To achieve these, the government would need to embark on urgent reforms capable of opening up key sectors that are strategic to job creation and have significant potential for growth such as manufacturing, construction, professional services, education, health and trade. This is expected to deliver about 12 million jobs over the next five years.

“The sectors were selected based on their larger weight in share of employment, share of GDP, strong backward and forward linkages and strong growth potential,” NESG stated.

These sectors “can meet the demand of consumers both at the local and export market and have the capacity to absorb a significant number of the country’s labour force”, it said.

Source: businessdayng

How to Survive a Slow Property Market

The latest economic and property data points to a prolonged period of slow activity for the remainder of the year, says Ross Levin, managing director of Seeff in the Atlantic Seaboard, Waterfront and City Bowl area.

In a market seeing both volumes and values considerably lower than in preceding years – and a growth rate which is experiencing deflation in many areas – conditions are challenged, he says.

At the same time, the challenges are not insurmountable, he adds. He has some advice for buyers and sellers on how to survive the slow market conditions.


Often a buyer ends up buying a property in an area that they weren’t originally considering.

There is no reason why you can’t find what you are looking for, as well as a seller willing to negotiate right now.

Few sellers are achieving their full asking price, and the difference between what is actually being achieved versus expectations can vary greatly.

Have your “ducks in a row” by ensuring you are pre-approved for bond finance.

If you need to sell your property and buy subject to that sale, have your property valued and either ready to market, or already on the market, as this will strengthen your offer.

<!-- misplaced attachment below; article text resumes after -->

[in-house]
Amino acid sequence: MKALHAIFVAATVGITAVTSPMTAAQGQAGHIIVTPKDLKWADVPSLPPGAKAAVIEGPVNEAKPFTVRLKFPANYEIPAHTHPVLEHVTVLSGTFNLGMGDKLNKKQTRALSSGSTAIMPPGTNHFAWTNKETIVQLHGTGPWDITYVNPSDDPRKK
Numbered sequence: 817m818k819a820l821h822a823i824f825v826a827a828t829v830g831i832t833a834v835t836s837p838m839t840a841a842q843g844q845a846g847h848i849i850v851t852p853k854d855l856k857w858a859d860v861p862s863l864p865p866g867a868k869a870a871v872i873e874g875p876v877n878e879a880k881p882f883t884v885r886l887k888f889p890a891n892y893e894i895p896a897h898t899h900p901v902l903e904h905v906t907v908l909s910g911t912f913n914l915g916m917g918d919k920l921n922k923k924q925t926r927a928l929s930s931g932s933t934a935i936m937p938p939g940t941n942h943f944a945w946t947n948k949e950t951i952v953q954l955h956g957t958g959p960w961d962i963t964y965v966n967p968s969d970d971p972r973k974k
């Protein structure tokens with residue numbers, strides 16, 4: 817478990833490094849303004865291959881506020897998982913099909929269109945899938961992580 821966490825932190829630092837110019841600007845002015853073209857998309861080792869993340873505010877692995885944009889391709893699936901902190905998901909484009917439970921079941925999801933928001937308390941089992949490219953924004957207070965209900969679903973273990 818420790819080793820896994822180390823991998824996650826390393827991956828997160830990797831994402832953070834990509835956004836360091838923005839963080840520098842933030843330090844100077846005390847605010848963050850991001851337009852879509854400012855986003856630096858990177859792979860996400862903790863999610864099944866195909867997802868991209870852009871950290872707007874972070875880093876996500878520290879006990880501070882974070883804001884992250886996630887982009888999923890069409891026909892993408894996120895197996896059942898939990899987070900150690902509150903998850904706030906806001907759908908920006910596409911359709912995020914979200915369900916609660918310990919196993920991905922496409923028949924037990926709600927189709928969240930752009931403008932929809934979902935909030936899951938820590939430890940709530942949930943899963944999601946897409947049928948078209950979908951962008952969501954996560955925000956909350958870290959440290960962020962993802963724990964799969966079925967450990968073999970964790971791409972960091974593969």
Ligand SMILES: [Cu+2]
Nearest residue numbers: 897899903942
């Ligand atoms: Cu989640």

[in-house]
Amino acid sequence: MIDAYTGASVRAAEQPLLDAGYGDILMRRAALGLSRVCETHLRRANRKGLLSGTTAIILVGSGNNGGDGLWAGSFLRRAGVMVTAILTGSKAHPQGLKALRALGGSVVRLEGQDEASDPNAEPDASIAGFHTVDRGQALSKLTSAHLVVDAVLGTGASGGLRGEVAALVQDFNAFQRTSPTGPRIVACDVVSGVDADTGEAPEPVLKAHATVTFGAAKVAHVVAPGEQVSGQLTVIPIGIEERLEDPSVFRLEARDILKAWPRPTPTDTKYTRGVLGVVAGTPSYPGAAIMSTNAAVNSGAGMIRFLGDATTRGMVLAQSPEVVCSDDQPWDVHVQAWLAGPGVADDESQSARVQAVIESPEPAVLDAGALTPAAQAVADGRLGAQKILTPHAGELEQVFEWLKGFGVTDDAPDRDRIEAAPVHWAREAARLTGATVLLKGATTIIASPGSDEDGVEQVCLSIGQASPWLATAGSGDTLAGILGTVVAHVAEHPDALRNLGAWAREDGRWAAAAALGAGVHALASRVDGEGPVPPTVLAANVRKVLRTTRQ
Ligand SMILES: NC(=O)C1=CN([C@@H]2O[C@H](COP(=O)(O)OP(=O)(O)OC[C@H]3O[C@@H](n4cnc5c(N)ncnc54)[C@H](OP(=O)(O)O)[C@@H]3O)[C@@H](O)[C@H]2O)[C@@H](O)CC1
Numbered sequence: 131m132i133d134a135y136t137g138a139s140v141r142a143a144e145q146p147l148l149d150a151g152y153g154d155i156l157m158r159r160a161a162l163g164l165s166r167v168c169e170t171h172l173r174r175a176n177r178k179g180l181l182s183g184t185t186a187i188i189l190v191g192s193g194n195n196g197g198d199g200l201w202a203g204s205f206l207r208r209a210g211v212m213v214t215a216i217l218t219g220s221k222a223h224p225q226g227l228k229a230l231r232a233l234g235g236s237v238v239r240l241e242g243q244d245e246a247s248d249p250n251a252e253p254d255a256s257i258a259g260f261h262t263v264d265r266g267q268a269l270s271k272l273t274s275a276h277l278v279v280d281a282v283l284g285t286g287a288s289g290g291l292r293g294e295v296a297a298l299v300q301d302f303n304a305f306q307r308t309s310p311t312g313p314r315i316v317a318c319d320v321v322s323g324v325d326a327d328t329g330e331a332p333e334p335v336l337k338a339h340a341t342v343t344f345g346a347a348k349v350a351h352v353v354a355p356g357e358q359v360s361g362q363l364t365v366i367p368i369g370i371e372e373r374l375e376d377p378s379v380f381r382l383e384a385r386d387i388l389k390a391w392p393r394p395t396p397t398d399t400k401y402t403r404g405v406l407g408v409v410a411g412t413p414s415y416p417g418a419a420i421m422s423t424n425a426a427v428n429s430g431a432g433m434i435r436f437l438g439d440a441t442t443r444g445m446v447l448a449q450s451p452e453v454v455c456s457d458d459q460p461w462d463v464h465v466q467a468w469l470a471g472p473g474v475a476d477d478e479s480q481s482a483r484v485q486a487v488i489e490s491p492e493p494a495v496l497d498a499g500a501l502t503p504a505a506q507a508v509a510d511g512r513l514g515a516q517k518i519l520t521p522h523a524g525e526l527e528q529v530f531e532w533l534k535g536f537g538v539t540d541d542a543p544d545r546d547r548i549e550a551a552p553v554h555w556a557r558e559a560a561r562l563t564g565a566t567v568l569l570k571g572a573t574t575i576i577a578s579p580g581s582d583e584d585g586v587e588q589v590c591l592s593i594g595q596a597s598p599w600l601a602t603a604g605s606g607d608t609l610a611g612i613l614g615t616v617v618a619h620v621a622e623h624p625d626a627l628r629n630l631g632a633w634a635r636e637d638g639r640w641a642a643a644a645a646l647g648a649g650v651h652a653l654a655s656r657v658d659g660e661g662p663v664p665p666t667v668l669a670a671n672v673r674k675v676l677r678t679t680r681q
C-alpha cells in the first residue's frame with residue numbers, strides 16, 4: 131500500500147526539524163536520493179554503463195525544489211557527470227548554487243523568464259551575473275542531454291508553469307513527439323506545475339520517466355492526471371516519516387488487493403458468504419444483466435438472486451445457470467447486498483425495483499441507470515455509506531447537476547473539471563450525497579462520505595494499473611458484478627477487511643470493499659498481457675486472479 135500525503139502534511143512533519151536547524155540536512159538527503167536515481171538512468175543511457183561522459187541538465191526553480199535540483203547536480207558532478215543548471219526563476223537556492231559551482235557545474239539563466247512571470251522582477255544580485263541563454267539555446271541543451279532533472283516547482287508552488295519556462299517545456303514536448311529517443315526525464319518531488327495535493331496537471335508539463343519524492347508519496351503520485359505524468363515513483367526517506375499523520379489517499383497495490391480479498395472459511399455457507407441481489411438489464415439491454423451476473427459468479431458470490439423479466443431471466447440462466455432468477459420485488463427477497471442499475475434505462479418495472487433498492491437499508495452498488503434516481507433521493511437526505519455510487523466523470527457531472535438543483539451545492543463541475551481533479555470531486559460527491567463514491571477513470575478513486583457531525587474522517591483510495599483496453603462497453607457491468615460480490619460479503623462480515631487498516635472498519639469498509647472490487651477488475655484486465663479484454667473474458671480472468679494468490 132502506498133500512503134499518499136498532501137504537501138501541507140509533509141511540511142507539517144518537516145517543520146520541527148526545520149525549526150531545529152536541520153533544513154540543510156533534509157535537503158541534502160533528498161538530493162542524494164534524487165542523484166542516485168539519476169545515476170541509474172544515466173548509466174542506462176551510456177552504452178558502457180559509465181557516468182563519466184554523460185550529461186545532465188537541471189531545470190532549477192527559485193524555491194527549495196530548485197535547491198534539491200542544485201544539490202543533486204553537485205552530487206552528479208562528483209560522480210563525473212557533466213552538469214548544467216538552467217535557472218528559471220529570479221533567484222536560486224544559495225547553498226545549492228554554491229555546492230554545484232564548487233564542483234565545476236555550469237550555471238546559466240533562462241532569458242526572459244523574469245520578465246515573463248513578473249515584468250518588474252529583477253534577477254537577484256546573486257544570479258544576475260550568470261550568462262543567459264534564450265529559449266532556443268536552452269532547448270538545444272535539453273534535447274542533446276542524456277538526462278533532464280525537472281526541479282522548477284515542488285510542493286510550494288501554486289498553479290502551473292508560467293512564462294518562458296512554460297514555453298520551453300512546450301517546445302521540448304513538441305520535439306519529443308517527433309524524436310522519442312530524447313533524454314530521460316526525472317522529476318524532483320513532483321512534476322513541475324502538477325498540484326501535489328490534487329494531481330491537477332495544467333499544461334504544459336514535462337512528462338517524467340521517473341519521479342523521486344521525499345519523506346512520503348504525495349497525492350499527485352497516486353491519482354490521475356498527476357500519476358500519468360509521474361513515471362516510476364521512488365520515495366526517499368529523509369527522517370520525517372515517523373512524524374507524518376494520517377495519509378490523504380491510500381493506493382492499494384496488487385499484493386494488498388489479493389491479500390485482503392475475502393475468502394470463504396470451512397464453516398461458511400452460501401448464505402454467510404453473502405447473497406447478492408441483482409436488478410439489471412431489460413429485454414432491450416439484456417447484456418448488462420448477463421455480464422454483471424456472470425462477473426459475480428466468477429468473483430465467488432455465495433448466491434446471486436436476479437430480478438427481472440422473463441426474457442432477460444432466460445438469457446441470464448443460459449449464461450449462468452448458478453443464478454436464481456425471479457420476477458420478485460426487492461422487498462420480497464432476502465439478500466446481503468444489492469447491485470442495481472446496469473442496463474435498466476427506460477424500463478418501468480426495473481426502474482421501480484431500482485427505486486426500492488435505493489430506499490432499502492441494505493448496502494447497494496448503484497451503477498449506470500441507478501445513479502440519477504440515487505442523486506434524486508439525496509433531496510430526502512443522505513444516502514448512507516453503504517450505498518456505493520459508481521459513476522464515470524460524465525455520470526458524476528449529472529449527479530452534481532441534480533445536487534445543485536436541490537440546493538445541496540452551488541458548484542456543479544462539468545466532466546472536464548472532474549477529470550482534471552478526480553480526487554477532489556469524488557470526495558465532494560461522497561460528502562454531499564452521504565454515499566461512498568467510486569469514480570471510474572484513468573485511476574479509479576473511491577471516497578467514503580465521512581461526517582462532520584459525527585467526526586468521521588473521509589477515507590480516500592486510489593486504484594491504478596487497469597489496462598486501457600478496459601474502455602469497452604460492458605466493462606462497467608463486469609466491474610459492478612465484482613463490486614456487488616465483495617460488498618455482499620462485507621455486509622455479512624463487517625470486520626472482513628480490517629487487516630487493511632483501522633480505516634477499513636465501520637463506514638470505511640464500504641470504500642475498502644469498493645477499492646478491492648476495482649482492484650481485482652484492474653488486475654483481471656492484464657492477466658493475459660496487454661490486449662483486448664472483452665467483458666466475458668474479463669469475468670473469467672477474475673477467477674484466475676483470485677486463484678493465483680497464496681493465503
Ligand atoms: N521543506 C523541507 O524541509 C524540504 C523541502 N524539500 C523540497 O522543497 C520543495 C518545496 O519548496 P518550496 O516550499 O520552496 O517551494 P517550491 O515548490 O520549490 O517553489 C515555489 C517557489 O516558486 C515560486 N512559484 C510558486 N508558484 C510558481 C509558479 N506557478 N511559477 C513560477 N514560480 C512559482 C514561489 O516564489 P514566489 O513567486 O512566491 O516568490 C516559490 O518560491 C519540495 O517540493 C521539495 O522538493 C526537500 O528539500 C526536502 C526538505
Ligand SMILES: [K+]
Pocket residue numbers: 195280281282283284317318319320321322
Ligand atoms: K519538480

Levin says that almost two thirds of his branch’s sales over the last year were on sole mandate. In his view, in the current market, this plays an important part in protecting the value of your asset.

“In a challenging market, you are going to want your agent to be an area expert, someone who is hyper-locally focused and knows and understand the area intimately,” he says.

Price is a tough discussion, but probably one of the most important elements in the positioning and sale of your property, especially in a slow market.

You need to measure what is actually selling, rather than looking at what other properties are listing for.


In a market that continues to see increased stock levels, you need to consider what sets your property apart.

Be clear with your agent about when you need to sell by. This will determine many aspects of their marketing plan, pricing and strategy for your property.

It is likely that you will receive an offer that is subject to a bond, sale of another property, or both, along with other possible suspensive conditions. Your agent will advise you about continued marketing within the ambit of the typical “72-hour clause,” says Levin.

To expedite the transfer period, which is typically about three months, look to have your approved plans, title deeds and other documents in place to avoid any delays.

Source: fin24